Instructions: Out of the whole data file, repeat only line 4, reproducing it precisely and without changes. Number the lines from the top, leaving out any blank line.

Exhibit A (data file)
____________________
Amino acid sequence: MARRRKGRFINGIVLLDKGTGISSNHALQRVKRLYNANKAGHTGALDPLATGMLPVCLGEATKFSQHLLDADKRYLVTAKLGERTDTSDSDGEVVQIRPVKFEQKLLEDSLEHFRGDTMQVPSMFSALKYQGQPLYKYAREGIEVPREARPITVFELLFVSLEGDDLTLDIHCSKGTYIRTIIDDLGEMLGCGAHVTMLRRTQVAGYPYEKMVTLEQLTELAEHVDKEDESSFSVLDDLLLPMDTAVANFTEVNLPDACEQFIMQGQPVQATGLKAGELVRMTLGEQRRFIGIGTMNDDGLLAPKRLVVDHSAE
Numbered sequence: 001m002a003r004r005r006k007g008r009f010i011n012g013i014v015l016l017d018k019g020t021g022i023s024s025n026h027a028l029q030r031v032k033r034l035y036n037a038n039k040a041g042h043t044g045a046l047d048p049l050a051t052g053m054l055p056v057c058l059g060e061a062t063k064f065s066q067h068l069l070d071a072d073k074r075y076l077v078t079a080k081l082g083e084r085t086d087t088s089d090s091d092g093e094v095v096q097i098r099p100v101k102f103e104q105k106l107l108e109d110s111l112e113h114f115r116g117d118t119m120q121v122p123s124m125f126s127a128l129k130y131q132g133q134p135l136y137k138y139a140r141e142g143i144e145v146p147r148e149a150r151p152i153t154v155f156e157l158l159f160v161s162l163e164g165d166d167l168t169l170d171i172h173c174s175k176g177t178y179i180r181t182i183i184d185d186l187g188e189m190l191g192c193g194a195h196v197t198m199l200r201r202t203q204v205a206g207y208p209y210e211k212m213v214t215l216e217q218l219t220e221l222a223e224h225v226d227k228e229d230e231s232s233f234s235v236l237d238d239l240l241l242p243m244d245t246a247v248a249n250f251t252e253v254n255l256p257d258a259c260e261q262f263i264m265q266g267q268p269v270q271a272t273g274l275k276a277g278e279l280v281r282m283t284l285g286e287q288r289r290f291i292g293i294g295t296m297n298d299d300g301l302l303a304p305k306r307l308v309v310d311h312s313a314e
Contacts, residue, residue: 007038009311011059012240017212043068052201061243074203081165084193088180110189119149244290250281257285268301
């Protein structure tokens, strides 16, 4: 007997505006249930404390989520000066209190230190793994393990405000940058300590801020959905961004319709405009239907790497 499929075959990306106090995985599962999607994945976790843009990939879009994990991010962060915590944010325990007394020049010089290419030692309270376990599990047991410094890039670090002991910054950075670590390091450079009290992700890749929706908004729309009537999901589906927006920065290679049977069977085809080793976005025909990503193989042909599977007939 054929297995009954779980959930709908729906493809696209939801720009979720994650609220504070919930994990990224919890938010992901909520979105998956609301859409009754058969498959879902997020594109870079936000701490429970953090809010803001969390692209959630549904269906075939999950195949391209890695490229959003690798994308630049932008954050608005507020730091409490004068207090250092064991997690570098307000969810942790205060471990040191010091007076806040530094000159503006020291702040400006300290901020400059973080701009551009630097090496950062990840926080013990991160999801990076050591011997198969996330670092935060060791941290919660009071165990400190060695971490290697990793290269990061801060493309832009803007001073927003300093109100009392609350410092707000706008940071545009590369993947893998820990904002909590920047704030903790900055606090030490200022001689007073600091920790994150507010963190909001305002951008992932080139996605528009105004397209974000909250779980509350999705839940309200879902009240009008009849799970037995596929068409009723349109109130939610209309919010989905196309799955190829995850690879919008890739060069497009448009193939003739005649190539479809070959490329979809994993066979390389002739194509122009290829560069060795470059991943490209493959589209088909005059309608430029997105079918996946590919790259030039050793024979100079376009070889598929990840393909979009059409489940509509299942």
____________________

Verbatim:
């Protein structure tokens, strides 16, 4: 007997505006249930404390989520000066209190230190793994393990405000940058300590801020959905961004319709405009239907790497 499929075959990306106090995985599962999607994945976790843009990939879009994990991010962060915590944010325990007394020049010089290419030692309270376990599990047991410094890039670090002991910054950075670590390091450079009290992700890749929706908004729309009537999901589906927006920065290679049977069977085809080793976005025909990503193989042909599977007939 054929297995009954779980959930709908729906493809696209939801720009979720994650609220504070919930994990990224919890938010992901909520979105998956609301859409009754058969498959879902997020594109870079936000701490429970953090809010803001969390692209959630549904269906075939999950195949391209890695490229959003690798994308630049932008954050608005507020730091409490004068207090250092064991997690570098307000969810942790205060471990040191010091007076806040530094000159503006020291702040400006300290901020400059973080701009551009630097090496950062990840926080013990991160999801990076050591011997198969996330670092935060060791941290919660009071165990400190060695971490290697990793290269990061801060493309832009803007001073927003300093109100009392609350410092707000706008940071545009590369993947893998820990904002909590920047704030903790900055606090030490200022001689007073600091920790994150507010963190909001305002951008992932080139996605528009105004397209974000909250779980509350999705839940309200879902009240009008009849799970037995596929068409009723349109109130939610209309919010989905196309799955190829995850690879919008890739060069497009448009193939003739005649190539479809070959490329979809994993066979390389002739194509122009290829560069060795470059991943490209493959589209088909005059309608430029997105079918996946590919790259030039050793024979100079376009070889598929990840393909979009059409489940509509299942």